Posts tagged "Mortgage"

Federal National Mortgage Association v. Gordon, et al. (Lawyers Weekly No. 11-060-17)

NOTICE:  All slip opinions and orders are subject to formal revision and are superseded by the advance sheets and bound volumes of the Official Reports.  If you find a typographical error or other formal error, please notify the Reporter of Decisions, Supreme Judicial Court, John Adams Courthouse, 1 Pemberton Square, Suite 2500, Boston, MA, 02108-1750; (617) 557-1030; SJCReporter@sjc.state.ma.us   15-P-441                                        Appeals Court   FEDERAL NATIONAL MORTGAGE ASSOCIATION  vs.  HEATHER GORDON & another.[1]     No. 15-P-441.   Suffolk.     March 8, 2016. – May 17, 2017.   Present:  Hanlon, Sullivan, & Massing, JJ.     Trespass.  Real Property, Trespass, Mortgage, Lease.  Mortgage, Foreclosure.  Landlord and Tenant, Control of premises.  Housing Court, Jurisdiction.  Jurisdiction, Housing Court.  Summary Process.  Practice, Civil, Summary judgment, Summary process.       Civil action commenced in the City of Boston Division of the Housing Court Department on June 24, 2013.   The case was heard by MaryLou Muirhead, J., on a motion for summary judgment.     Thomas B. Vawter for the defendants. Danielle C. Gaudreau (Thomas J. Santolucito also present) for the plaintiff.     HANLON, J.  The defendants in this trespass action, Heather Gordon and her granddaughter, Kaire Holman, challenge the validity of a judgment for possession entered by the Housing Court in favor of the plaintiff, the Federal National Mortgage Association (Fannie Mae), on its motion for summary judgment.  Fannie Mae claims ownership, through foreclosure, of the residential condominium at issue, known as Unit 2 at 7 Valentine Street, in the Roxbury section of Boston (the property).  Gordon claims that she and Holman occupy the property pursuant to a lease from Carolyn Grant, who held record title to the condominium as a joint tenant with Gilbert R. Emery prior to the foreclosure.  The lease on which Gordon and Holman rely, however, is dated after both (i) the date of the foreclosure, and (ii) the date on which Fannie Mae began a summary process action against Emery, Grant, and another occupant[2] to obtain possession of the property. When Fannie Mae learned that Gordon and others had moved into the property as ostensible lessees, Fannie Mae brought a new action (separate from the summary process case) for common law trespass, which is the case now before us.[3] After review, we reverse the final judgment, holding as follows:  (i) the Housing Court has jurisdiction pursuant to G. L. c. 185C, § 3, to hear trespass claims; (ii) the teaching of Attorney Gen. v. Dime Sav. Bank of N.Y., FSB, 413 Mass. 284, 288 (1992) (Dime Savings), with respect to whether G. L. c. 184, § 18, bars trespass actions by postforeclosure owners against tenants with actual possession, applies with equal force in the circumstances of this case; and (iii) the summary judgment record does […]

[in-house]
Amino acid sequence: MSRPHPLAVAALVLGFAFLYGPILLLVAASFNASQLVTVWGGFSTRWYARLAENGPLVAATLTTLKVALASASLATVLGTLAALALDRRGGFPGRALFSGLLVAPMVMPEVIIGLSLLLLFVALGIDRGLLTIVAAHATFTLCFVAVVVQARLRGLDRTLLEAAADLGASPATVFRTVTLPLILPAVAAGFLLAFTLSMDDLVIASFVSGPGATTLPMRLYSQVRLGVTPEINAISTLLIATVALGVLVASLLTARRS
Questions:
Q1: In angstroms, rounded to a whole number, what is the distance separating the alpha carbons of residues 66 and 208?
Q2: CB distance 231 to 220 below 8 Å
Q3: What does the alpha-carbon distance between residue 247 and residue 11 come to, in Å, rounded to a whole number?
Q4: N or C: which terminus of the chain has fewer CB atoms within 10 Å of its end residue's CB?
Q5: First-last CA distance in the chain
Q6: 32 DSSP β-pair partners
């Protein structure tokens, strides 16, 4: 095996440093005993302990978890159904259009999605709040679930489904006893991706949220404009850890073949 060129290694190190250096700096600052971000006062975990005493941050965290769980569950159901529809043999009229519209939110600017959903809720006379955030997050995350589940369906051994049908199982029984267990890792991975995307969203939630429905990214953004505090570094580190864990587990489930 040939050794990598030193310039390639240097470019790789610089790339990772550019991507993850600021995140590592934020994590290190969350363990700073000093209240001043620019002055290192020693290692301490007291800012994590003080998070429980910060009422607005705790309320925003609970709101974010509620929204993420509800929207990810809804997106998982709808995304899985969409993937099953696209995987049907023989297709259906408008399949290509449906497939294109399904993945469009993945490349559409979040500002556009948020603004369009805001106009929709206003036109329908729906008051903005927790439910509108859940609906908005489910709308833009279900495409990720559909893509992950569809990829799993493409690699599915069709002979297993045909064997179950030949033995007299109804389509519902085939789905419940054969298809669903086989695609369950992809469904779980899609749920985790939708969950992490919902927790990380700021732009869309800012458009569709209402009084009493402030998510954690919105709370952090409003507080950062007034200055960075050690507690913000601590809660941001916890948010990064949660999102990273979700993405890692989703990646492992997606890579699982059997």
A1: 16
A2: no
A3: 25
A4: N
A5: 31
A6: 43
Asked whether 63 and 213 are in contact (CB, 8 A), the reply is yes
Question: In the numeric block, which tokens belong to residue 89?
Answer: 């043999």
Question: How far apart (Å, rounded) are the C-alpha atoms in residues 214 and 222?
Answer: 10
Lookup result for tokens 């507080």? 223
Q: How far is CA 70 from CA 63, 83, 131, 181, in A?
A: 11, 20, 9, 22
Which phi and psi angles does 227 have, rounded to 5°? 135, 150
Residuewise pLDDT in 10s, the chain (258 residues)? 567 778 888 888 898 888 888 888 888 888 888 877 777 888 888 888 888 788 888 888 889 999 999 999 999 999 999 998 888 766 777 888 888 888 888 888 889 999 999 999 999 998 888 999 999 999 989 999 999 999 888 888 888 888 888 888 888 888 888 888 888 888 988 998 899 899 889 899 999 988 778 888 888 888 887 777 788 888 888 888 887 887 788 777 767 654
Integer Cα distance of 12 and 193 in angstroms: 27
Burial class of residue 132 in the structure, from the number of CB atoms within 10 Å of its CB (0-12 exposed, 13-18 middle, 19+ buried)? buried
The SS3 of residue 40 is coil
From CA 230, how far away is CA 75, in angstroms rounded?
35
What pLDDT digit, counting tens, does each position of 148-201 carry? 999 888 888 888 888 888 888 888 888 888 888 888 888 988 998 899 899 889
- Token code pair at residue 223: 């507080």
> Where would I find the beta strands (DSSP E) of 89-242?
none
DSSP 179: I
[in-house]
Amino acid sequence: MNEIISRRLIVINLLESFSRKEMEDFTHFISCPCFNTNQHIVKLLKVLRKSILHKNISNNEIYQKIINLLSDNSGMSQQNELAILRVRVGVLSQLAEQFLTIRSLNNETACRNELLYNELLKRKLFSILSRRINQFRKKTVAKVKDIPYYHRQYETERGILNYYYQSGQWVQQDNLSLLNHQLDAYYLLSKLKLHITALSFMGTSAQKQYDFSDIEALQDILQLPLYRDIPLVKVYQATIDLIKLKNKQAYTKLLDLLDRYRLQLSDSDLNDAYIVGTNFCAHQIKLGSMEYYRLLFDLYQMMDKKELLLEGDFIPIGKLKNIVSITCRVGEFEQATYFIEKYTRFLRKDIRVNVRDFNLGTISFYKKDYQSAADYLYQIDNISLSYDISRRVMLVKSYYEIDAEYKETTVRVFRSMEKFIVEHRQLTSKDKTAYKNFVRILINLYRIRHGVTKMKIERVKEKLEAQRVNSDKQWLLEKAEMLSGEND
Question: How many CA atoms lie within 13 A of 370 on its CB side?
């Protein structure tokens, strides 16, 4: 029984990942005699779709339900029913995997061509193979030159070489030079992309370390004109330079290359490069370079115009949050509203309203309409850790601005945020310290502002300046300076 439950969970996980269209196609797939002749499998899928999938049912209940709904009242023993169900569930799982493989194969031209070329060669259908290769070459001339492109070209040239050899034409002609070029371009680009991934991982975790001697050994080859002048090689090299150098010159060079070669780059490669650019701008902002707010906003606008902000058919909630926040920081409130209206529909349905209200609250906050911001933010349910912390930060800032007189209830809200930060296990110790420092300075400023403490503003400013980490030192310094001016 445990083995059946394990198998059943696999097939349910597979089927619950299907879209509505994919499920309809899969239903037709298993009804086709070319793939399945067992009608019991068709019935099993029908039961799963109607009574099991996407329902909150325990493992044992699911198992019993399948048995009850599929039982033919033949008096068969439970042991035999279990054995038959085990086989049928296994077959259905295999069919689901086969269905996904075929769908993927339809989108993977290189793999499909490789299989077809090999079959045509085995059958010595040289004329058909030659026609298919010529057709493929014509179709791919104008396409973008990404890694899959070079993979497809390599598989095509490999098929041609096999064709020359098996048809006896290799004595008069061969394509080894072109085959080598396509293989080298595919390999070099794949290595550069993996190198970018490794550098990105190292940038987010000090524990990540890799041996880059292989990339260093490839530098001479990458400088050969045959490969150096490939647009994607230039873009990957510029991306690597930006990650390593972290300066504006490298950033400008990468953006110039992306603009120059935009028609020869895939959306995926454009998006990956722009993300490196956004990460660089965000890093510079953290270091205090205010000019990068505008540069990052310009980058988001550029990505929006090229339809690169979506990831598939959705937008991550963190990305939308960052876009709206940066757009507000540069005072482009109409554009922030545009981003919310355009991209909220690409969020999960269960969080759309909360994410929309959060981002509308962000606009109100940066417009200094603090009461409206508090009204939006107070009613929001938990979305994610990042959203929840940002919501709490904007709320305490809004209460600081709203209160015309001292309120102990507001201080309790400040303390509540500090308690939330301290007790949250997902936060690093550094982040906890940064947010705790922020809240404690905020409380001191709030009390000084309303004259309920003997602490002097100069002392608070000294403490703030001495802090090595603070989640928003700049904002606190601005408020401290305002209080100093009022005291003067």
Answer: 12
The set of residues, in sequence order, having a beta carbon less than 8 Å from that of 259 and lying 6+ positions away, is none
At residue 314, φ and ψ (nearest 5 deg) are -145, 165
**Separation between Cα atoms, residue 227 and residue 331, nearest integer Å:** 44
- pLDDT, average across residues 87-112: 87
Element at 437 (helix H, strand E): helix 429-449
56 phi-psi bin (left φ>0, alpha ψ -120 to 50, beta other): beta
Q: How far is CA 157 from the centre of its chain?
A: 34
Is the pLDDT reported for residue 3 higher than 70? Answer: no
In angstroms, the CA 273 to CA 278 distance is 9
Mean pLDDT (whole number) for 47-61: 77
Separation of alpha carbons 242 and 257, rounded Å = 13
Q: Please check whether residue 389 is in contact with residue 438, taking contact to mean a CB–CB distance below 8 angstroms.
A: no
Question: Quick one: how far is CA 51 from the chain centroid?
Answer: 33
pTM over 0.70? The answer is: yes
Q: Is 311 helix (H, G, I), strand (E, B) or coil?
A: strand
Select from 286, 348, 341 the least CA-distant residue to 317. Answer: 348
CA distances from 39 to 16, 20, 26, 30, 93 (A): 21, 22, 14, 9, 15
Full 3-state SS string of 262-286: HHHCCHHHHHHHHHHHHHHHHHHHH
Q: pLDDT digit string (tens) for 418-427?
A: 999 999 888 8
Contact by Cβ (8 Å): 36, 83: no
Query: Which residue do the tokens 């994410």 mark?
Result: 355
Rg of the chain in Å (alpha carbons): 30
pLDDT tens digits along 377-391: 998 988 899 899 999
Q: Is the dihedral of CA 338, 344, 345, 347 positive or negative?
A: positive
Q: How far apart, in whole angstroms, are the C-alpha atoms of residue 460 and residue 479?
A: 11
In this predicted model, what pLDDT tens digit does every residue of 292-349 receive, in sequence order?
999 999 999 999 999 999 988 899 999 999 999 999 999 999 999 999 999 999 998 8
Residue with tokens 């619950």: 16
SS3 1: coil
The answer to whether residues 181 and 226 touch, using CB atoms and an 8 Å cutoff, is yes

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Posted by Massachusetts Legal Resources - May 17, 2017 at 3:58 pm

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Federal National Mortgage Association v. Marroquin, et al. (Lawyers Weekly No. 10-074-17)